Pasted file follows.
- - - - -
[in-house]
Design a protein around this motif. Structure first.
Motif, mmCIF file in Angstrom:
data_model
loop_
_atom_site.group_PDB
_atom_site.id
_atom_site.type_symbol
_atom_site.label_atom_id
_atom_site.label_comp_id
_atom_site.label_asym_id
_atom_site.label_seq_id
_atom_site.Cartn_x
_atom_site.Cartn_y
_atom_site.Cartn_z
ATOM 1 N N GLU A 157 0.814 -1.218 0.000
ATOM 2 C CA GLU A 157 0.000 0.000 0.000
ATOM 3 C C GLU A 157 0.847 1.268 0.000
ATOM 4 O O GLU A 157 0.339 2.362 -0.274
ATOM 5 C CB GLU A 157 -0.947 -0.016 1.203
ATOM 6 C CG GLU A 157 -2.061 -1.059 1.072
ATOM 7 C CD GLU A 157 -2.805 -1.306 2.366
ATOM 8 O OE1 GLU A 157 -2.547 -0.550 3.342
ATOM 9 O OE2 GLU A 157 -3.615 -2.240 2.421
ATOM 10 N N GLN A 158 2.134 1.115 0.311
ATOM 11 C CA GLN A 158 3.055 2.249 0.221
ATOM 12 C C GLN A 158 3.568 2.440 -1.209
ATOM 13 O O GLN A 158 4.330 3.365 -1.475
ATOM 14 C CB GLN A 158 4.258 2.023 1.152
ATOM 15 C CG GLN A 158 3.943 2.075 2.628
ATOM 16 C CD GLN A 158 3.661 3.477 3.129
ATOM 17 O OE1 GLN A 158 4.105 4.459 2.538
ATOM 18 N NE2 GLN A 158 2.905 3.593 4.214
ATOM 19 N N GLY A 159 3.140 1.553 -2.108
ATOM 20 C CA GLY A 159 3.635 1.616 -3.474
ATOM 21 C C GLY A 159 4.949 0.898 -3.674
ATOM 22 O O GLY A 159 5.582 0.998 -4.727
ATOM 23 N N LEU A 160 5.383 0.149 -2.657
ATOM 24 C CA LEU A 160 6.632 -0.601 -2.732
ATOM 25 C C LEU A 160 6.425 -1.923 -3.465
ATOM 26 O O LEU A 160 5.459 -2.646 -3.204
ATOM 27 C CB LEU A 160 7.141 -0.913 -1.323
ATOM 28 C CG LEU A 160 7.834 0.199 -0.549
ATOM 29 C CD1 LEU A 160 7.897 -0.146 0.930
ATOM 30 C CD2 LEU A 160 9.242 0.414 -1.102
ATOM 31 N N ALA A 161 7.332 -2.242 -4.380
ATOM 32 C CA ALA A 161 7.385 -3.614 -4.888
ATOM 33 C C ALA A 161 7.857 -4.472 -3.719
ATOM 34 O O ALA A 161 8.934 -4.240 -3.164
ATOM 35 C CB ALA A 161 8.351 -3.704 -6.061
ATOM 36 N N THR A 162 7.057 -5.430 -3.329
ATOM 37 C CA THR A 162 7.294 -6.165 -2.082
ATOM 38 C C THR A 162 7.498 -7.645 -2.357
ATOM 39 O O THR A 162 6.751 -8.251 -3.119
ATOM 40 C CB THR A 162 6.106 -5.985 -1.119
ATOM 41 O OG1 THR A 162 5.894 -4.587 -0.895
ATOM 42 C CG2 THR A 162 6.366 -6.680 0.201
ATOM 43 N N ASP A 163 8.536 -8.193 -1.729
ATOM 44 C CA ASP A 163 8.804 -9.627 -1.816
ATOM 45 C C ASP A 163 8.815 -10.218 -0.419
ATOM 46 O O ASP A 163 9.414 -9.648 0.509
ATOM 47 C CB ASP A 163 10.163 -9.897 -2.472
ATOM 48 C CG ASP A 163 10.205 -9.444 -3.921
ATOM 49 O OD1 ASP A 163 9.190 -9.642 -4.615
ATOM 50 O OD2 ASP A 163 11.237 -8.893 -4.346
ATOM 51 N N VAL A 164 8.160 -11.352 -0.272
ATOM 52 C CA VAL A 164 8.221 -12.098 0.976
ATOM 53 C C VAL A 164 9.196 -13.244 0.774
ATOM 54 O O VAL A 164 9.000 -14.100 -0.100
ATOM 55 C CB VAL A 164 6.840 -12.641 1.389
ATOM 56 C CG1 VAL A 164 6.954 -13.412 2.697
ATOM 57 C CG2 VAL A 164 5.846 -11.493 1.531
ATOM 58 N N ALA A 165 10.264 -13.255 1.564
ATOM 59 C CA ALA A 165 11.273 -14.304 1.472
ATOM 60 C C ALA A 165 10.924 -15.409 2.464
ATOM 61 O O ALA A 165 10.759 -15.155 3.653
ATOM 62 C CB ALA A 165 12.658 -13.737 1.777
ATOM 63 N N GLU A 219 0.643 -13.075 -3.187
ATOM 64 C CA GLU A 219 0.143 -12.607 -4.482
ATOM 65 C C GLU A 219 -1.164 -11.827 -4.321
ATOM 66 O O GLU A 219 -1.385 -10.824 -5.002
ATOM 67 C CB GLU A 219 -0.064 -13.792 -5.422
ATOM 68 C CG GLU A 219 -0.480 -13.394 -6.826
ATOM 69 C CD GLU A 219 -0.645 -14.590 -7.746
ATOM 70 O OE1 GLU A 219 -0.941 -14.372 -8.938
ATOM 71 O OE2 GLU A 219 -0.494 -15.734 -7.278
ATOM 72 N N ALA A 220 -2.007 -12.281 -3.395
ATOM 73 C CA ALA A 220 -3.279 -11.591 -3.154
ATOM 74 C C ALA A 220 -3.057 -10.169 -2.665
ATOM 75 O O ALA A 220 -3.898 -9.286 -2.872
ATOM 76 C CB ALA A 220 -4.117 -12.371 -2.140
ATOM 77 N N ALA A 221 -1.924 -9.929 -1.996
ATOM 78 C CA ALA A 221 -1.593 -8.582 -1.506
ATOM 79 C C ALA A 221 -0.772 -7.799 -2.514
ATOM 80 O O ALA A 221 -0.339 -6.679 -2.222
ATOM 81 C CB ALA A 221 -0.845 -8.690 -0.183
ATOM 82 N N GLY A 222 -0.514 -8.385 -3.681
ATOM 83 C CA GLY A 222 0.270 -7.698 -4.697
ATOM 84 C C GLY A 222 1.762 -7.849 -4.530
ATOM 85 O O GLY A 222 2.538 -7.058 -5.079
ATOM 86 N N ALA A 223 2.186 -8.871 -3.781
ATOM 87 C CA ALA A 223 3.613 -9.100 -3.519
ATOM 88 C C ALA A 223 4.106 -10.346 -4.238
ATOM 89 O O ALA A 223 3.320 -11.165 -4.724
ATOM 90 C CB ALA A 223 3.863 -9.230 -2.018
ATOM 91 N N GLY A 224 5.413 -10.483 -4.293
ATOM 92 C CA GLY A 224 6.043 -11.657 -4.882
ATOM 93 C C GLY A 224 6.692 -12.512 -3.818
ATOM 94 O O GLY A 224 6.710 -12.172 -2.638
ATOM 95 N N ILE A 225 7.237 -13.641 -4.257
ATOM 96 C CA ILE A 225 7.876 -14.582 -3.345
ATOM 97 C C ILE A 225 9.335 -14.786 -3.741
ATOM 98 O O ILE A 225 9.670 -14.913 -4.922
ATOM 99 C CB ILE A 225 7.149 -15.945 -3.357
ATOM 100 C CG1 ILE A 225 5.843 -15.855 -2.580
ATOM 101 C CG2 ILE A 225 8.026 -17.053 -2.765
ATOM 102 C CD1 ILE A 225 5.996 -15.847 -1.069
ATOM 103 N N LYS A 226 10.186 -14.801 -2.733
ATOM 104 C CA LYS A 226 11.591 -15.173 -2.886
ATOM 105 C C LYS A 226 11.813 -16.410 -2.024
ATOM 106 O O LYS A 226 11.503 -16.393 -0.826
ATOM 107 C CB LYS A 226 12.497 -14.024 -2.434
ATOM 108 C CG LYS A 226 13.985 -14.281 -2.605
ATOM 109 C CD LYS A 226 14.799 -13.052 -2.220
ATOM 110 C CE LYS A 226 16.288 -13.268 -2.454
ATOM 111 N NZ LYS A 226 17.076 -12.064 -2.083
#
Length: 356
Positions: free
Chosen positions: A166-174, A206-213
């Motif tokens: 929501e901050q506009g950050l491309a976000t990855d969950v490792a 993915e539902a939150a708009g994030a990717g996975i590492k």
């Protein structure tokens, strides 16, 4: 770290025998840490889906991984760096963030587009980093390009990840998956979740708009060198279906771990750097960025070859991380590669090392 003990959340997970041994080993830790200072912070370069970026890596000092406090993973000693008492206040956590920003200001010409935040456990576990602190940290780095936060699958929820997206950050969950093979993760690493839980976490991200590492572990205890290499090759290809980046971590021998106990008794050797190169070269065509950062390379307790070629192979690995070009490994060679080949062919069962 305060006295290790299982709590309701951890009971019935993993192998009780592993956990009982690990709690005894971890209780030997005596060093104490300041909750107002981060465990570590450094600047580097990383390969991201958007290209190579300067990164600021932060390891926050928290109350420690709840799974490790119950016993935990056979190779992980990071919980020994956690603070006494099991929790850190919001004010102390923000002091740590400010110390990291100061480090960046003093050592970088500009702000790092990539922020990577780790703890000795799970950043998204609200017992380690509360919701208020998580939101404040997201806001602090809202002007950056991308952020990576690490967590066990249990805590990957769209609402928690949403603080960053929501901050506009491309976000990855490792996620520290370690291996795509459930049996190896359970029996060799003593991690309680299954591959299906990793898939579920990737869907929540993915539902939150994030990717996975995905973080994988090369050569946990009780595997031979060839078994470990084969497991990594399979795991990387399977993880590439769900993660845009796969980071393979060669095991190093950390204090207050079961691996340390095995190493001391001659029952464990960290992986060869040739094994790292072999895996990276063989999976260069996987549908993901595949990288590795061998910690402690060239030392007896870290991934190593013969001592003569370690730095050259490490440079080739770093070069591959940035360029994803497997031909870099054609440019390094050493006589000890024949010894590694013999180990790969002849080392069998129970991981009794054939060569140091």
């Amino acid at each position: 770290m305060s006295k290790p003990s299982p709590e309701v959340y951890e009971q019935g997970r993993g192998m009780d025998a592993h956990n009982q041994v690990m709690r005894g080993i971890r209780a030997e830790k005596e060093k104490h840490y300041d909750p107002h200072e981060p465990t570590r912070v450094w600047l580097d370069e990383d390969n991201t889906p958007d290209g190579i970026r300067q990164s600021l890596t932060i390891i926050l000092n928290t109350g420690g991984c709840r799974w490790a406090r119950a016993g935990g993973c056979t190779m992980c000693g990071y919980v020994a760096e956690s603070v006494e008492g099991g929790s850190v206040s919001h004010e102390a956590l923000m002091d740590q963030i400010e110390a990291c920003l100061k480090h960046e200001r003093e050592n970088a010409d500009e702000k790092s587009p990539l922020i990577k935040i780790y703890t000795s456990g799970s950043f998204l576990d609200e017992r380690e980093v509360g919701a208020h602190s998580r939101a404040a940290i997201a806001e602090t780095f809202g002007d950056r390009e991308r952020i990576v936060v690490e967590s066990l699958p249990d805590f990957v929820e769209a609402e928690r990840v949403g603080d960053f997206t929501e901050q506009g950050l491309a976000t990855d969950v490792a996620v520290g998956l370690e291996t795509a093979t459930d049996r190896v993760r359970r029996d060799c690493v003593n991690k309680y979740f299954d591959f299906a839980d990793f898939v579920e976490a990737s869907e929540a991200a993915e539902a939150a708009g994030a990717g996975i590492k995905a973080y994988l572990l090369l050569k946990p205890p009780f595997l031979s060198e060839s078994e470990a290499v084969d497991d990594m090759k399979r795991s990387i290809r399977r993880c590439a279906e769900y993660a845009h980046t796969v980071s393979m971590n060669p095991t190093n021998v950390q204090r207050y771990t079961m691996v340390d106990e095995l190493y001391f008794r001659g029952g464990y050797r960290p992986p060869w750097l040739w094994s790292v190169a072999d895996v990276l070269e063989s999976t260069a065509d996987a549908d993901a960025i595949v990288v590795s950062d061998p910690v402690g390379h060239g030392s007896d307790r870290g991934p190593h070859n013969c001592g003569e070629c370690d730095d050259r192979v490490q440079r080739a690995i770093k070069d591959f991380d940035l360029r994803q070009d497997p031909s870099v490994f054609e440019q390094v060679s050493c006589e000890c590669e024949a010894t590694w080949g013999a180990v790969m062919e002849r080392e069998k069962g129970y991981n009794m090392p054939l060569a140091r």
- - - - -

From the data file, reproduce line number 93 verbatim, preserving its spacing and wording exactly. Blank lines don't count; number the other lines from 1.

ATOM 78 C CA ALA A 221 -1.593 -8.582 -1.506